Research on covid-19 and the gut reports that the gut microbiome composition is seen to be significantly altered in patients with covid-19 compared with healthy individuals. There is a strong association between gut microbiota composition, levels of cytokines (large groups of proteins, crucial in controlling the growth and activity of immune system cells and blood cells) and inflammatory markers in patients with covid-19, suggesting that the gut microbiome is involved in the magnitude of covid-19 severity, possibly via modulating host immune responses. In this scenario, and given the current rise in the number of covid-19 cases, it is imperative to understand the role of the human microbiome—in sickness and in health.
We are born pure, unfettered, without any contamination. But did you know that the moment you exit the birth canal, you start picking up the microbes from your environment? As Raphael Kellman says in The Microbiome Diet, ‘You become 90% microbe’. Even adult human beings are 10% human and 90% microbes. The microorganisms that make their home in us are collectively called the human microbiota, and the microbiome (the genetic code of each microorganism) is a miniature world of non-human organisms that flourish within us.
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The different communities of microbes are like different sects or cultures living in different parts of our bodies, the largest home for them being the gut. The bacteria living in your digestive tract are different from the ones that live in your lungs. It’s almost as though we exist as ecosystems and not individuals; ecosystems made of bacteria, yeasts, viruses and parasites. These are the body’s microbiota that help you fight against disease and are also the indicators of disease.
A weak microbiome is linked to many diseases and health conditions; from irritable bowel disease to cancers, candida, inflammation, food intolerances, and autoimmune diseases.
You have more bacterial cells then human cells, so you can only imagine the quantum of microbes in your body. Your microbiome has a regulatory effect on your brain function and mental health as well, and therefore it impacts anxiety, depression, stress, and may brain disorders.
Think of your gut as a garden—rich and green. Go ahead and visualize it. Now think of these friendly microorganisms inhabiting that garden. How you choose to build the soil (i.e., the nutrition through food) to keep these microorganisms nourished and healthy is entirely up to you.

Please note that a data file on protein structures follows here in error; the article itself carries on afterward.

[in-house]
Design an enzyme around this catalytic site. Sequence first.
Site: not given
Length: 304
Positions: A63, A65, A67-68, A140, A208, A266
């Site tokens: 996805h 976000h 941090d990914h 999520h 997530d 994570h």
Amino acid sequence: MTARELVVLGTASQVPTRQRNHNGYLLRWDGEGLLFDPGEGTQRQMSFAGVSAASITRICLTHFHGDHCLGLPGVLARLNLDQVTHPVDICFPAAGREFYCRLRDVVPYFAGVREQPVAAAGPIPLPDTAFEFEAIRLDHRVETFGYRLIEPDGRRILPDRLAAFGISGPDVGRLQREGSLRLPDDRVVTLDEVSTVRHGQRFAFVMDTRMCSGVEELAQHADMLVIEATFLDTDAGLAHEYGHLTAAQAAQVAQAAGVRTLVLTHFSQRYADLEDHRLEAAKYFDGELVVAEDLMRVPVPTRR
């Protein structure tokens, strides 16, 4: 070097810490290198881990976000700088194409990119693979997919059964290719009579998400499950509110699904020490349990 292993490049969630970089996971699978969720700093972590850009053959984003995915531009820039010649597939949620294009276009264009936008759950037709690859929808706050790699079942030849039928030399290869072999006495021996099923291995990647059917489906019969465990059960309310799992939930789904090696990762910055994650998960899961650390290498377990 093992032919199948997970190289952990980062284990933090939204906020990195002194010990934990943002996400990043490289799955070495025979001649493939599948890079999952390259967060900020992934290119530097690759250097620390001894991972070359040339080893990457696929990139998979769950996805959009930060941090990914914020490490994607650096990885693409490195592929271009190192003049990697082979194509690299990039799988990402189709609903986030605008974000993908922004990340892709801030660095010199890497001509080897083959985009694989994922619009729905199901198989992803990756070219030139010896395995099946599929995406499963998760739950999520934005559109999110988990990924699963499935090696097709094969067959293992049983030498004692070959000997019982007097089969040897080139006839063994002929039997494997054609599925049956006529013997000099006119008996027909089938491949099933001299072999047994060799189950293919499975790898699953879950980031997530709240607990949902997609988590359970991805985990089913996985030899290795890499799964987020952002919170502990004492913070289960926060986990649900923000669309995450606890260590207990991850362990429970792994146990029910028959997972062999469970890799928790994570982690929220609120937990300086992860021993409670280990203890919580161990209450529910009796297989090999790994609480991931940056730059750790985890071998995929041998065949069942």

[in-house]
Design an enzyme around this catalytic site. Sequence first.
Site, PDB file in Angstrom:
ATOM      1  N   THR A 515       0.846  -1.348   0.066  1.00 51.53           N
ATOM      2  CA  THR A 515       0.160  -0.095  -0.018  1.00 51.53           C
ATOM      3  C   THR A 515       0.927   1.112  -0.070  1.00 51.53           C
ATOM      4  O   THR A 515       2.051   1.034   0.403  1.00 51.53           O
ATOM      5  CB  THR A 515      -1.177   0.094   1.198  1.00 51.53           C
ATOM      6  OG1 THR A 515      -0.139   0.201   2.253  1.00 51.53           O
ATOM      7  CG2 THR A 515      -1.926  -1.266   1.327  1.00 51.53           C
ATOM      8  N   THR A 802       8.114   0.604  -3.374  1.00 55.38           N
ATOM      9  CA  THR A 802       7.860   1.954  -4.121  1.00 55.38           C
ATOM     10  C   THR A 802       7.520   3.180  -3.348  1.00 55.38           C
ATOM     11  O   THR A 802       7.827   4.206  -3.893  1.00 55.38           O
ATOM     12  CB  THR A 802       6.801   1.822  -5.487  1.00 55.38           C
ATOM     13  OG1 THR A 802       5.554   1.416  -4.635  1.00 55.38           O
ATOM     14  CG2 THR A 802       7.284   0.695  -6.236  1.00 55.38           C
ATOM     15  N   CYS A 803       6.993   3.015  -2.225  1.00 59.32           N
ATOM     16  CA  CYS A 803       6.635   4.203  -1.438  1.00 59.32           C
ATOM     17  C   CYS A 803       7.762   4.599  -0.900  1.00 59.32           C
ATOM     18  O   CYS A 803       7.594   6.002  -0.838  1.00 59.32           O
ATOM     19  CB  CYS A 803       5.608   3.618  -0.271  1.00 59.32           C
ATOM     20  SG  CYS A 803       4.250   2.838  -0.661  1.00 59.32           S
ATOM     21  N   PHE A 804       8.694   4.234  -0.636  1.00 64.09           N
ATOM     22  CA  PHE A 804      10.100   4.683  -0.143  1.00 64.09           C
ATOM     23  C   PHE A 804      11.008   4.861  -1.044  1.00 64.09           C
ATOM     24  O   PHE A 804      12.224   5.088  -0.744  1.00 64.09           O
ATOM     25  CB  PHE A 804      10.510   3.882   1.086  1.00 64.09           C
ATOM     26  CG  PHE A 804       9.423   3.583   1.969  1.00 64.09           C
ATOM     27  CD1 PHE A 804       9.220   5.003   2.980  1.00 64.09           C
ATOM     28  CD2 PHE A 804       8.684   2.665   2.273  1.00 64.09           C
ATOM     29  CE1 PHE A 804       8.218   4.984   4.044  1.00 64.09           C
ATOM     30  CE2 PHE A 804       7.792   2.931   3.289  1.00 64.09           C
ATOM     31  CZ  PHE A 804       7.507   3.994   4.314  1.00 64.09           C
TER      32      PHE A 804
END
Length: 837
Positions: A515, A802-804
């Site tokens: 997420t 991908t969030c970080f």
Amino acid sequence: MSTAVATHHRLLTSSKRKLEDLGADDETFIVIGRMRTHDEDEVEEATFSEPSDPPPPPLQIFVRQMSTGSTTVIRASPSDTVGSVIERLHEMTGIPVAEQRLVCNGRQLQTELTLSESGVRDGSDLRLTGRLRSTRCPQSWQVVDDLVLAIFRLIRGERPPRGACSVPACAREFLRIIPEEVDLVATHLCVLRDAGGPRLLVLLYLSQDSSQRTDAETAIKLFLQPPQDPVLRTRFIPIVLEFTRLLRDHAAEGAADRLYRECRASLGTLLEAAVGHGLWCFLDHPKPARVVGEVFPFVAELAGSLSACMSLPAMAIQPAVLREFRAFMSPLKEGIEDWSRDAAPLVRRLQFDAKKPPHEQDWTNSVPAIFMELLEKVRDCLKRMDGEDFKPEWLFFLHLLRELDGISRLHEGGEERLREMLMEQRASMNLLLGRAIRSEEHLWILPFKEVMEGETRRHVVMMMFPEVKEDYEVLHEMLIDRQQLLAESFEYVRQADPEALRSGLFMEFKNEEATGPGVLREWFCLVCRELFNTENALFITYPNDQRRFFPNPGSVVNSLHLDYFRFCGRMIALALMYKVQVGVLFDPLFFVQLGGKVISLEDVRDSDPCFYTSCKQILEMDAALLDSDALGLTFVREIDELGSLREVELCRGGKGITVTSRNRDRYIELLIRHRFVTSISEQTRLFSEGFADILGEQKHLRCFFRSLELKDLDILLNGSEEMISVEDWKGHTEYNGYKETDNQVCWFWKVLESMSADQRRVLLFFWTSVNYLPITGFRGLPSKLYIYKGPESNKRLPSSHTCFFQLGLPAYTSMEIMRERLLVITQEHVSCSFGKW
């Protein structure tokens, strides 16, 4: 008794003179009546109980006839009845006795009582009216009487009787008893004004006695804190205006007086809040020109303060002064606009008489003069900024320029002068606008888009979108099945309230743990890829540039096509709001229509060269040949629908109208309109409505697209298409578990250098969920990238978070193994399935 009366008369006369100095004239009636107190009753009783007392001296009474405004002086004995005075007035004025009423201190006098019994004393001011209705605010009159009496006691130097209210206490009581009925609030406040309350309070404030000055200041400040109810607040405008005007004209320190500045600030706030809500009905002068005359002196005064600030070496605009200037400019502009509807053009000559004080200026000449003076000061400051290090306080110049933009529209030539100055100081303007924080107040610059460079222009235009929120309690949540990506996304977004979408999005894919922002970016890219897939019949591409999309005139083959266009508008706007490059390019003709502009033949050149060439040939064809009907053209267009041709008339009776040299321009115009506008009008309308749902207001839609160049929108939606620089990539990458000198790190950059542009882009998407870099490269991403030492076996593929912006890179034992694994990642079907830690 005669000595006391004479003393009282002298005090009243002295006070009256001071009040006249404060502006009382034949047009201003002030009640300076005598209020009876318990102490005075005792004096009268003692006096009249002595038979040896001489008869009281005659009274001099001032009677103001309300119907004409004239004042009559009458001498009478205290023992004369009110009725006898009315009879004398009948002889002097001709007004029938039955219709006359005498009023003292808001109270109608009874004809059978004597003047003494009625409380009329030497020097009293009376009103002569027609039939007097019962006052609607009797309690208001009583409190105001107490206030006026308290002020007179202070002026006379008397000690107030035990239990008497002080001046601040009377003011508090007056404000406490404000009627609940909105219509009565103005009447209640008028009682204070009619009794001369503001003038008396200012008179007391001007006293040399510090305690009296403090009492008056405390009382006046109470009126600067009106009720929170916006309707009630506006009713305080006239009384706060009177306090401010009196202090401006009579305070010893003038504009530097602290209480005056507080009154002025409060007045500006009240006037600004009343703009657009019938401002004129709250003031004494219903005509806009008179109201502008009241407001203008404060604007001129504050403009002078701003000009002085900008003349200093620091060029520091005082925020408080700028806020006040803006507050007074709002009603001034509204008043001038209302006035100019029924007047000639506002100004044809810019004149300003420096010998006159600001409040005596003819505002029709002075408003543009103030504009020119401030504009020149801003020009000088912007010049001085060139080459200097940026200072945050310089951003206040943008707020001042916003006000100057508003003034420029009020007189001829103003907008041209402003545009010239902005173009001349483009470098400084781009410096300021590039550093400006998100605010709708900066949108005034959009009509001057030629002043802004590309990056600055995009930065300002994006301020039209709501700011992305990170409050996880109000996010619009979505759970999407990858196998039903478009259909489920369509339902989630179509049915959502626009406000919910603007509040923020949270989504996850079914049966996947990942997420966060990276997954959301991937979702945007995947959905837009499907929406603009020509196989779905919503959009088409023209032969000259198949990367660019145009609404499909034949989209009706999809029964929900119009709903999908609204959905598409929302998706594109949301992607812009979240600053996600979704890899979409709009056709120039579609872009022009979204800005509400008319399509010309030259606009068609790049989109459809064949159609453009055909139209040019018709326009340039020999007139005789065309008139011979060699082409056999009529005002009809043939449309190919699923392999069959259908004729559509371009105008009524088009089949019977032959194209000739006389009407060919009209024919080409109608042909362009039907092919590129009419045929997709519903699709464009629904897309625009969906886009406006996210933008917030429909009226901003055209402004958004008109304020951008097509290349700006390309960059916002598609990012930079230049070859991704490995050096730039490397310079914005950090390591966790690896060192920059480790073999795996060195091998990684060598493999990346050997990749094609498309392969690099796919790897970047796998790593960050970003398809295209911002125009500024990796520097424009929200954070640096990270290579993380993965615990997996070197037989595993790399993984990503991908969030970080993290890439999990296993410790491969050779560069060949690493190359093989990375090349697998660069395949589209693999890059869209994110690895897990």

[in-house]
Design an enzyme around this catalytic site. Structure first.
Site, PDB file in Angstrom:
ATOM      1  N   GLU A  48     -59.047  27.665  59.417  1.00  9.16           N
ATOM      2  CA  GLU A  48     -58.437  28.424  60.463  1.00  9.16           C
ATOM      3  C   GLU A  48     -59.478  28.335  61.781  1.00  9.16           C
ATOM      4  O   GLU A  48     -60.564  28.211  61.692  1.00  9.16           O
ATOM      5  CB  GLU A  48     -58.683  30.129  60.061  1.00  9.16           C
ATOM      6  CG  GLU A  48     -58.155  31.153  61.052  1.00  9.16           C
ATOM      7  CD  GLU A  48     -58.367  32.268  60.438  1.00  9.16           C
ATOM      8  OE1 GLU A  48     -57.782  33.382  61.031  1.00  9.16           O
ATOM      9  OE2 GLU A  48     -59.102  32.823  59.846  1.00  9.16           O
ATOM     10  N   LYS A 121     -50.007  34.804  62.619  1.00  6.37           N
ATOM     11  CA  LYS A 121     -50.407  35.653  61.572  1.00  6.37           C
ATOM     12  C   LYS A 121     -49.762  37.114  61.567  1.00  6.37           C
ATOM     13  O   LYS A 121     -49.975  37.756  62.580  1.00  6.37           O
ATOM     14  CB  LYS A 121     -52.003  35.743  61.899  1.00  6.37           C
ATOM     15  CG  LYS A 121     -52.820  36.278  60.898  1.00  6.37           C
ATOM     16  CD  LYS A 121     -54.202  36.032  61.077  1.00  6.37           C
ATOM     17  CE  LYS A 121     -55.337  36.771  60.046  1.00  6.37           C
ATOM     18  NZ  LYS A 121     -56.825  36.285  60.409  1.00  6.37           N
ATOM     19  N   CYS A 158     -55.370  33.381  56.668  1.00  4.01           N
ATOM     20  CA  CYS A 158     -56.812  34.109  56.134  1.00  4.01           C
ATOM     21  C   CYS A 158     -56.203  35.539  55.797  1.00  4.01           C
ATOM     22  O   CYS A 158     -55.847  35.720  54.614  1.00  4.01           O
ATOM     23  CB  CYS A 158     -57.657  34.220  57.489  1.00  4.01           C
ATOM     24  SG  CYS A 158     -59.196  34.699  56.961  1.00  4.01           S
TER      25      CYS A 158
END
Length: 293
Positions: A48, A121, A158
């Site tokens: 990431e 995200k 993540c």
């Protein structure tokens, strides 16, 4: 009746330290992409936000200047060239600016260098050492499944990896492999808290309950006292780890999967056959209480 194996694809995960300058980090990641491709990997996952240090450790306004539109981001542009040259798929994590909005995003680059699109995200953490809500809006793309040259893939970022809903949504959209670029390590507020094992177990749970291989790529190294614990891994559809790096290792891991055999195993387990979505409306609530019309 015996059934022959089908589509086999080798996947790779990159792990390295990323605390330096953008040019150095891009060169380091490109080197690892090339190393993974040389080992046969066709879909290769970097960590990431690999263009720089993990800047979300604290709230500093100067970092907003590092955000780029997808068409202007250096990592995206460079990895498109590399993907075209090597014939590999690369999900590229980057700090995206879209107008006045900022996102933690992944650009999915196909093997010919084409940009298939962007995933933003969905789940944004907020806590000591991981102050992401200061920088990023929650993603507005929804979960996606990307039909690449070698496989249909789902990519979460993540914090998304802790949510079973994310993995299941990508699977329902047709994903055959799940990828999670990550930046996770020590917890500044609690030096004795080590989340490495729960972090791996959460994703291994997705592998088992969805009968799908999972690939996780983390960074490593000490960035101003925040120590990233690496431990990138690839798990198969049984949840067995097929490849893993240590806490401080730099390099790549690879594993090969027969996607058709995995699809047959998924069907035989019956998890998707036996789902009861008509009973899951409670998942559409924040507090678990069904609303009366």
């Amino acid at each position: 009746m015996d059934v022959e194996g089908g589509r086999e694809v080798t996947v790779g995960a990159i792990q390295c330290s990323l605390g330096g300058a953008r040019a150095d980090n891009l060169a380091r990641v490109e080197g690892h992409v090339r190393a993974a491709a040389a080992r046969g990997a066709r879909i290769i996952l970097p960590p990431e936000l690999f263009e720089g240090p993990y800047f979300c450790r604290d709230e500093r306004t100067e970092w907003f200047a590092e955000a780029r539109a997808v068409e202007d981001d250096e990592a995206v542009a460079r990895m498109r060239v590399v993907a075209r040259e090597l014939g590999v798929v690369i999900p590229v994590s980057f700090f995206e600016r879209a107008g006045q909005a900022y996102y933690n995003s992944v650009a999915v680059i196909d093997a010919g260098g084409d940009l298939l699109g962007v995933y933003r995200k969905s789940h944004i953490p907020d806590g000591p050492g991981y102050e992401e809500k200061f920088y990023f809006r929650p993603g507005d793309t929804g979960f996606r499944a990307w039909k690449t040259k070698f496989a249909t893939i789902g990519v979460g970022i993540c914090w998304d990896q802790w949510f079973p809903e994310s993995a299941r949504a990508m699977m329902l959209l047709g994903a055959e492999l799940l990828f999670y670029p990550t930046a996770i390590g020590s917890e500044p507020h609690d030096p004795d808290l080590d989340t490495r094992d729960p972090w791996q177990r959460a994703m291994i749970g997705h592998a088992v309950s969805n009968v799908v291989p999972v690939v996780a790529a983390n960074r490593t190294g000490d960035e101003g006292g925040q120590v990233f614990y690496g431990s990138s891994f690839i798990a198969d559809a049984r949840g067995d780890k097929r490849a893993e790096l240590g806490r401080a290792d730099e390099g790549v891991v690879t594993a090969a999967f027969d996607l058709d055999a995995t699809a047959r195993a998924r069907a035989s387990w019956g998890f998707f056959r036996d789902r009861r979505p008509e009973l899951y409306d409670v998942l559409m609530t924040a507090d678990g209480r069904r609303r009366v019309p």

This is the key to everything in your life. Taking care of these various microorganisms plays a crucial role in our health and outward manifestations of it (skin, hair, nails, glow, weight, mind, attitude, and a whole lot more). According to me, this is the missing link in all diets, especially Indian diets.
The gut microbiome and your diet
The breakdown of the gut microbiome is referred to as ‘dysbiosis’ An imbalance in the gut microflora, with an overgrowth of the bad ones as opposed to the good ones will lead to dysbiosis.
The causes of dysbiosis are attributed to impaired digestion, hypochlorhydria (basically low stomach acid, leading to undigested food remaining longer in the stomach than it should), overuse of antibiotics throughout one’s life, higher ethanol (ethyl alcohol) in the blood than normal due to yeast overgrowth, NSAIDs (basically pain-relievers), slow transit time-decreased peristalsis, impaired immune status, and dietary factors.
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One crucial factor linked to the breakdown of gut bacteria is consuming processed foods. People who eat minimally processed foods— whole grains, vegetables, nuts, eggs and foods that are in season—are more likely to keep in the good bacteria. Sweetened foods, sugars, white refined grains (commercial bread), processed meats, are associated with bad gut bacteria composition and poor metabolic health as well.
What can we do to aid a build-up of beneficial gut bacteria?
Your gut microbes only respond to what you eat, and you need to seriously think of what you feed them or don’t feed them.
Here is what you should be eating to feed them well: Whole grains, especially brown rice and millets; vegetables and leafy greens; beans and lentils and this could include soybean products like tofu and tempeh; nuts and seeds; fruit, especially seasonal and local; fermented foods like sauerkraut, kimchee, pickles, kefir; fish and eggs if you are non-vegetarian; spices and herbs. Drink teas (mainly decaffeinated) and avoid coffee.
Alcohol, sugar, garlic, red meats, chicken, cheese, dairy, refined flour products should be avoided if you are unwell. Foods that will help disperse the heat during a fever are ginger, leafy greens, cabbage, sprouts. If you feel congested, use a little ginger in cooking, along with green onions and leeks.
Seek to balance the liver by including leafy greens and bitter/sour foods: mustard, radish, green apples, rocket (arugula) leaves, fenugreek (leaves/seeds), mustard greens, barley grass, lime, apple cider vinegar, mustard.
Along with these, there are some lifestyle recommendations as well that are an intrinsic part of the macrobiotic diet: Sit upright while eating, chew your food well, don’t skip meals, don’t overeat, don’t skip breakfast, avoid ice-cold drinks, don’t sleep on an empty stomach, exercise regularly, inculcate breathing habits (pranayama), sleep well, enjoy the outdoors, stay in touch with friends and family.
Having a healthy microbiome is really the key to fighting any ailment, and also, given the current scenario, fighting covid-19.
Shonali Sabherwal is a macrobiotic nutritionist and the author of three books, The Beauty Diet, The Detox Diet, and The Love Diet.